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I’m sure that most folks who follow us at Crush The Street already view this as a foregone conclusion. Nevertheless, I think it’s worth reminding ourselves that a market crash is likely inevitable at this point. On Friday, the Dow Jones lost 623 points, denying what was a pensive recovery trek from last week’s 800-point collapse.

Technically, the venerable index looks ugly. When the 800-point collapse occurred, it took the index down to the 200-day moving average. With Friday’s volatile session, the price action is back straddling this support line. The problem is that the 200 DMA has acted as support for downturns throughout this year. Clearly, the bears are hungry, eager for massive profitability.

Of course, with a market crash, they’ll get it. One of the main reasons why financial experts fear a steep correction is that panic generates a stronger emotion than extreme bullishness. Many folks are okay with not participating in an opportunity. However, these same people are not okay with losing money.

Furthermore, with this current bull market being the longest in history, a market crash is historically unavoidable. After all, investor sentiment works in cycles: there’s no such thing as a permanently bullish nor bearish trendline.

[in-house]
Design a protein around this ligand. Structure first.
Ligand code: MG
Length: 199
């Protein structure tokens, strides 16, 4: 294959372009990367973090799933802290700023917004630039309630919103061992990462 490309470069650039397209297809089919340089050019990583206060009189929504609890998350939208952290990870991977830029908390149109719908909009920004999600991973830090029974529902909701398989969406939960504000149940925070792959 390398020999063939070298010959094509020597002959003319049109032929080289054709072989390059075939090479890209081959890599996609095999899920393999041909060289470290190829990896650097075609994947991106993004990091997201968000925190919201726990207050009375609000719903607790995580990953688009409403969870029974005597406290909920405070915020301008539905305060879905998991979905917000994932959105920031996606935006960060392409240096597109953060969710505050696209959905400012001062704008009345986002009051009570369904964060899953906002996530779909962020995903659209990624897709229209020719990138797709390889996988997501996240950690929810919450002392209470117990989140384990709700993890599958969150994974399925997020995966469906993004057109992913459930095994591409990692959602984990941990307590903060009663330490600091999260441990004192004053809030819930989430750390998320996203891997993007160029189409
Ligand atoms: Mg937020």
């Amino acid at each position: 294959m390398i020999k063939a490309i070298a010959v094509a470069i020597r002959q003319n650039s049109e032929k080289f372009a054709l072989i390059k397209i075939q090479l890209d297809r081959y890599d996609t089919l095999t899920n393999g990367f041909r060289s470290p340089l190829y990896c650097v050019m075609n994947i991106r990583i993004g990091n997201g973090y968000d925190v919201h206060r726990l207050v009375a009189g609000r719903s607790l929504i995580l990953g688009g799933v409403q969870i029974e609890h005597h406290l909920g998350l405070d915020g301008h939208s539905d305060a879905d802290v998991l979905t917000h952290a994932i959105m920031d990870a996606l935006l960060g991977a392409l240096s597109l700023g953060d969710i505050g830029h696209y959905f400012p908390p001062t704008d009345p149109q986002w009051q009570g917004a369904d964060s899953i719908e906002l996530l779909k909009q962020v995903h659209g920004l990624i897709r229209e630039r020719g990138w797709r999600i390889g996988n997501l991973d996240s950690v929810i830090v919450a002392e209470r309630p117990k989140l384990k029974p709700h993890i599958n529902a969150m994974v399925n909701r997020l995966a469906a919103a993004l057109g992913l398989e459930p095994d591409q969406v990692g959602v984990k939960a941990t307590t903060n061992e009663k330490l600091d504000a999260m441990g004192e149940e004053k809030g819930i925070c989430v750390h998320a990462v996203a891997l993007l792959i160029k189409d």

But how low can this coming correction take us?

 

This Next Market Crash Could Set Us Back Years

Logically, the likely negative price target is somewhere below the 22,000-point level. Back in December of last year, the markets collapsed when the U.S. and China failed to secure a trade deal. Yet the benchmark indices rebounded on renewed optimism for negotiations.

Obviously, the biggest concern now is that tensions will remain for years. Both sides have much to lose reputationally on the geopolitical and domestic fronts. And frankly, the Trump administration did not tackle the China problem diplomatically. Given his zero-sum game personality, I’m not surprised that the Chinese responded the way they have.

Whatever the case, the markets may briefly drop below 22,000 points. But that probably won’t be the last of the market crash. Ultimately, I think we’re going to unwind several years of price action. For the intermediate term, I don’t think it’s unreasonable that the Dow Jones could fall to 17,000 to 18,000 levels.

Why there? For one thing, this is where support is the strongest. In many ways, it would be a blessing if that’s where the bleeding would stop. Because if the markets can’t hold this point, we could be seeing anywhere from 13,000 to 14,000 points. And that would have all sorts of ugly implications.

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